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In 1971, the Fraternal Order of Eagles donated a Ten Commandments monument to the City of Pleasant Grove, Utah. The city government put the monument in Pioneer Park.

So whose monument is it? Whose message is on the monument? The Fraternal Order of Eagles's? Or the government of Pleasant Grove's?

That's basically the question the Supreme Court took up today.

Actually, the case isn't precisely about Ten Commandments displays, and court watchers don't expect the justices to significantly reconsider its crazy and confusing Ten Commandments rulings from 2005. Rather, it is supposedly about another display: that of Summum "Corky" Ra, the leader of a small Gnostic sect based in Salt Lake City. He wants his "Seven Aphorisms" displayed in the park, too.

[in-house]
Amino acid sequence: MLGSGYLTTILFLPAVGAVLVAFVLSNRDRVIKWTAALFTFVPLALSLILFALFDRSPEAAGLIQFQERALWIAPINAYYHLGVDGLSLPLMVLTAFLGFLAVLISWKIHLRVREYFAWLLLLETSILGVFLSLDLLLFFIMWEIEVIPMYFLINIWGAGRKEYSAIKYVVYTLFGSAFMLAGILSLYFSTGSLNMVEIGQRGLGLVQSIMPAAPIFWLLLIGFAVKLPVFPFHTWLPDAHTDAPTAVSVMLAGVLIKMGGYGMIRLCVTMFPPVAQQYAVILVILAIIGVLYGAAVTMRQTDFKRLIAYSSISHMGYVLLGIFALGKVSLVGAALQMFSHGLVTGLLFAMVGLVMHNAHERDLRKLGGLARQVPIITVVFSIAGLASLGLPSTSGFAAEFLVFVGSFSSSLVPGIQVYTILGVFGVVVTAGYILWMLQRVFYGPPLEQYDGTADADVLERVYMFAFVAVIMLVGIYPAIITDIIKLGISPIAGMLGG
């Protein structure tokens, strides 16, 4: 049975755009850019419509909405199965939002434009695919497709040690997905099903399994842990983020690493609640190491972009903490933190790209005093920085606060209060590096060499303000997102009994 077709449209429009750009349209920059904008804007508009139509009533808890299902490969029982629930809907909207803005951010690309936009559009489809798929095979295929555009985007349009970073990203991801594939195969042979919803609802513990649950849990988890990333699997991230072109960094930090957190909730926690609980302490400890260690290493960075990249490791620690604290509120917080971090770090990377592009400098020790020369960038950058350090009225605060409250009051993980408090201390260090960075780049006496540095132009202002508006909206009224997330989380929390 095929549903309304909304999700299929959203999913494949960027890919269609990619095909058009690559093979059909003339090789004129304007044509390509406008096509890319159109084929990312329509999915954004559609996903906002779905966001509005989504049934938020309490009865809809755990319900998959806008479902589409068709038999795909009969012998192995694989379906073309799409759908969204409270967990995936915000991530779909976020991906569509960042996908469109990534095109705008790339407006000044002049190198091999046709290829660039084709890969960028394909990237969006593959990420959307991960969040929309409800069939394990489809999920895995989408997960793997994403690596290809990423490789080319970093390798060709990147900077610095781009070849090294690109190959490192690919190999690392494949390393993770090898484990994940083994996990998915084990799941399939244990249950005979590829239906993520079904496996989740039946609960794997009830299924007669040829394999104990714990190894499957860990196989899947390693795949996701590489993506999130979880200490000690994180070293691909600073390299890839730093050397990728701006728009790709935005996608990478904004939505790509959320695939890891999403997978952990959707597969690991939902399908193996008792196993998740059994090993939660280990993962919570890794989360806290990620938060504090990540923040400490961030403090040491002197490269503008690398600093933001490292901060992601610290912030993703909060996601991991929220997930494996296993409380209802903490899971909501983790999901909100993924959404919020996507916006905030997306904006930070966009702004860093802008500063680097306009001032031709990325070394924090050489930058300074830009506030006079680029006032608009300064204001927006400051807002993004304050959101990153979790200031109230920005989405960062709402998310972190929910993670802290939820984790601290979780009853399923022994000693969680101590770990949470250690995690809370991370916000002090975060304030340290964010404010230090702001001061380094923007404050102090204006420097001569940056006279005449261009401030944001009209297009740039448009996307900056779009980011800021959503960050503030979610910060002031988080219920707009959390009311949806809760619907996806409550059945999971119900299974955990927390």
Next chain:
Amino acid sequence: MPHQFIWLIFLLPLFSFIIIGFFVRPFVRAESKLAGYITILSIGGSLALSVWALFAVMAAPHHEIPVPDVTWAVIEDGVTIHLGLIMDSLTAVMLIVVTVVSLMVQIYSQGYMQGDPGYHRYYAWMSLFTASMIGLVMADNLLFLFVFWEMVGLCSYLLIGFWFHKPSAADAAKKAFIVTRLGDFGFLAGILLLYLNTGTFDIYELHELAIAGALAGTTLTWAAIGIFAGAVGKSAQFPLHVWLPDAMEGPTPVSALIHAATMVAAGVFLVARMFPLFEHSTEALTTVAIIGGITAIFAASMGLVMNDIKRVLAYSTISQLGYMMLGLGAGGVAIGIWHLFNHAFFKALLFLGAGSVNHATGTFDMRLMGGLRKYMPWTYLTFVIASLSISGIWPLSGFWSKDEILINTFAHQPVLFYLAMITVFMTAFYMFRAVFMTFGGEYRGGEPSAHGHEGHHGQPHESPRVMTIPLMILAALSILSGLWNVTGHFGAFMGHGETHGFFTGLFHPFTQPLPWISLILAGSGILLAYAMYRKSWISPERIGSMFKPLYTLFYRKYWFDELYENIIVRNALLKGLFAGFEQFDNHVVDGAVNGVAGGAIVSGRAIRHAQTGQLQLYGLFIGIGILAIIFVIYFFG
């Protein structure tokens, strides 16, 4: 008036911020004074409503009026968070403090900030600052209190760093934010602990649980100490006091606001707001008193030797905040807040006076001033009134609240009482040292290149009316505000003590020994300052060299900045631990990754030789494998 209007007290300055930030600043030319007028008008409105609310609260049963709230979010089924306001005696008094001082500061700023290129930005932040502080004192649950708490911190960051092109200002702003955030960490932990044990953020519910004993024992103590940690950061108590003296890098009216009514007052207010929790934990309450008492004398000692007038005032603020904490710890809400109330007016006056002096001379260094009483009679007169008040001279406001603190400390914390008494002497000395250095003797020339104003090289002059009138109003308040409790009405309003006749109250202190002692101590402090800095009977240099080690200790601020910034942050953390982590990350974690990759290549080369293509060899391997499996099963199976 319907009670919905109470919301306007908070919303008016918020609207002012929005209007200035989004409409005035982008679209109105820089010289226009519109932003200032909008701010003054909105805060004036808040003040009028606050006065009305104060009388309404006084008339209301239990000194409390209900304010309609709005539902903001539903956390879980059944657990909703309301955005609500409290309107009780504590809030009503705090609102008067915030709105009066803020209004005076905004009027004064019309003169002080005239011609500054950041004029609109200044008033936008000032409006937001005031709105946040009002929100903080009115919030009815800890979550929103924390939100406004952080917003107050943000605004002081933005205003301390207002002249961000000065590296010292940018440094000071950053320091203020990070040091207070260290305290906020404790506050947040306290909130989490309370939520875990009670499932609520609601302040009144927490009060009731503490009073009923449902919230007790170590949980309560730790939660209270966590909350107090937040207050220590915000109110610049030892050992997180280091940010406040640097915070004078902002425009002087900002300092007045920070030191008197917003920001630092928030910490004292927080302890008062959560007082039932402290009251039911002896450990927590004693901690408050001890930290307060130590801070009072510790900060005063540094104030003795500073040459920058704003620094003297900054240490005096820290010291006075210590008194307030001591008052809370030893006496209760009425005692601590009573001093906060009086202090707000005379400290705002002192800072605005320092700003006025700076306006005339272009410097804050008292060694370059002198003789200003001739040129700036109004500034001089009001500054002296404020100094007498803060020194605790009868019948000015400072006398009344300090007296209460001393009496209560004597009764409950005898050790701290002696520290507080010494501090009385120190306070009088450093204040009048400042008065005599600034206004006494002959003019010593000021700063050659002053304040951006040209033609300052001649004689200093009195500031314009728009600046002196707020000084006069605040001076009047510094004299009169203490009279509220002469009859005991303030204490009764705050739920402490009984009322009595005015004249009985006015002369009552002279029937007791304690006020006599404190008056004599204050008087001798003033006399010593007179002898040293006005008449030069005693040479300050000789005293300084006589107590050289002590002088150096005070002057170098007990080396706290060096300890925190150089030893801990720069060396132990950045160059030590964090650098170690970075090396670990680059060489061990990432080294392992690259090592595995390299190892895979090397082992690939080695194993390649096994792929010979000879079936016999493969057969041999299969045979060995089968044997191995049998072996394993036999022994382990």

Ra says that by posting the Ten Commandments, Pleasant Grove turned Pioneer Park into a public forum. And in a public forum, when you allow one private message, you have to open it up to all comers. Excluding the Seven Aphorisms, he says, amounts to restricting free speech.

But the Ten Commandments is not private speech, Pleasant Grove says. It is government speech, and with government speech you don't have to offer opposing viewpoints. The 10th U.S. Circuit Court of Appeals disagreed, and said the monument was indeed private speech rather than government speech.

It sounds like a big church-state case, but whatever the Supreme Court decides, it probably won't affect church-state issues all that much. Both sides agree that this is really a free-speech case, not a religion case. Then again, a huge number of the oral arguments this morning focused on whether the Ten Commandments display itself violates the First Amendment's Establishment Clause, not whether leaving out the Summum display violates ...

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